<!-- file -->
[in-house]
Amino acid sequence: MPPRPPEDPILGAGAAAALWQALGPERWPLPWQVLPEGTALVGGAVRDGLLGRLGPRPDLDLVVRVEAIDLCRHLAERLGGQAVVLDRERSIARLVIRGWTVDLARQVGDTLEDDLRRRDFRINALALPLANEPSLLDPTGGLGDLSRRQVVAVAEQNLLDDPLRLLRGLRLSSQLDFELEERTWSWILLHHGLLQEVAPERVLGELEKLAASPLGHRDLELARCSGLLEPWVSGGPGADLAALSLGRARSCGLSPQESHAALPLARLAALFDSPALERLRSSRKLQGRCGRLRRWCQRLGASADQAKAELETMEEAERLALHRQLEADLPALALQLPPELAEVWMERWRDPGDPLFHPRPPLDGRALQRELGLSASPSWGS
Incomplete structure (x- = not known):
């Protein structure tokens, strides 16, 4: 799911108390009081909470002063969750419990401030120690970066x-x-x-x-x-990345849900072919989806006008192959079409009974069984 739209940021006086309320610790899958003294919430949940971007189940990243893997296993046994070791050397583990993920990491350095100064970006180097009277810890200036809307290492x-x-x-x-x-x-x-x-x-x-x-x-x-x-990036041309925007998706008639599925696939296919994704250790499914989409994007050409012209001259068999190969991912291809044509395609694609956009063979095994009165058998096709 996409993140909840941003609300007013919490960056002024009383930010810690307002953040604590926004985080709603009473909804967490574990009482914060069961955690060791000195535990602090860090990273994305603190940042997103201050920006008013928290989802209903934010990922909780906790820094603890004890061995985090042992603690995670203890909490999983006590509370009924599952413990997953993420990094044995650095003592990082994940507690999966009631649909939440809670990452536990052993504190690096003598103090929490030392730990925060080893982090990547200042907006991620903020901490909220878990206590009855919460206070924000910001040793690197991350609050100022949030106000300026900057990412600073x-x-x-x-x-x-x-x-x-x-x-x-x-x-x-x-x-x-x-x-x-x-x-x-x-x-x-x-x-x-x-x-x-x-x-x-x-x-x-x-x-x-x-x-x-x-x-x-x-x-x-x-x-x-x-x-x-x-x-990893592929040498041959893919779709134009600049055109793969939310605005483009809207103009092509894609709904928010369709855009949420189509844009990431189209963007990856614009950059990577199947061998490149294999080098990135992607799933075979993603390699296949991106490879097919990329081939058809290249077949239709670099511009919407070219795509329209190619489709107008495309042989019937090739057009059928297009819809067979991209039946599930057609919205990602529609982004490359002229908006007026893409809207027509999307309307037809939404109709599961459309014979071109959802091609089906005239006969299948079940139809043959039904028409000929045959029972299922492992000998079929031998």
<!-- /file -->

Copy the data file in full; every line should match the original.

[in-house]
Amino acid sequence: MPPRPPEDPILGAGAAAALWQALGPERWPLPWQVLPEGTALVGGAVRDGLLGRLGPRPDLDLVVRVEAIDLCRHLAERLGGQAVVLDRERSIARLVIRGWTVDLARQVGDTLEDDLRRRDFRINALALPLANEPSLLDPTGGLGDLSRRQVVAVAEQNLLDDPLRLLRGLRLSSQLDFELEERTWSWILLHHGLLQEVAPERVLGELEKLAASPLGHRDLELARCSGLLEPWVSGGPGADLAALSLGRARSCGLSPQESHAALPLARLAALFDSPALERLRSSRKLQGRCGRLRRWCQRLGASADQAKAELETMEEAERLALHRQLEADLPALALQLPPELAEVWMERWRDPGDPLFHPRPPLDGRALQRELGLSASPSWGS
Incomplete structure (x- = not known):
């Protein structure tokens, strides 16, 4: 799911108390009081909470002063969750419990401030120690970066x-x-x-x-x-990345849900072919989806006008192959079409009974069984 739209940021006086309320610790899958003294919430949940971007189940990243893997296993046994070791050397583990993920990491350095100064970006180097009277810890200036809307290492x-x-x-x-x-x-x-x-x-x-x-x-x-x-990036041309925007998706008639599925696939296919994704250790499914989409994007050409012209001259068999190969991912291809044509395609694609956009063979095994009165058998096709 996409993140909840941003609300007013919490960056002024009383930010810690307002953040604590926004985080709603009473909804967490574990009482914060069961955690060791000195535990602090860090990273994305603190940042997103201050920006008013928290989802209903934010990922909780906790820094603890004890061995985090042992603690995670203890909490999983006590509370009924599952413990997953993420990094044995650095003592990082994940507690999966009631649909939440809670990452536990052993504190690096003598103090929490030392730990925060080893982090990547200042907006991620903020901490909220878990206590009855919460206070924000910001040793690197991350609050100022949030106000300026900057990412600073x-x-x-x-x-x-x-x-x-x-x-x-x-x-x-x-x-x-x-x-x-x-x-x-x-x-x-x-x-x-x-x-x-x-x-x-x-x-x-x-x-x-x-x-x-x-x-x-x-x-x-x-x-x-x-x-x-x-x-990893592929040498041959893919779709134009600049055109793969939310605005483009809207103009092509894609709904928010369709855009949420189509844009990431189209963007990856614009950059990577199947061998490149294999080098990135992607799933075979993603390699296949991106490879097919990329081939058809290249077949239709670099511009919407070219795509329209190619489709107008495309042989019937090739057009059928297009819809067979991209039946599930057609919205990602529609982004490359002229908006007026893409809207027509999307309307037809939404109709599961459309014979071109959802091609089906005239006969299948079940139809043959039904028409000929045959029972299922492992000998079929031998």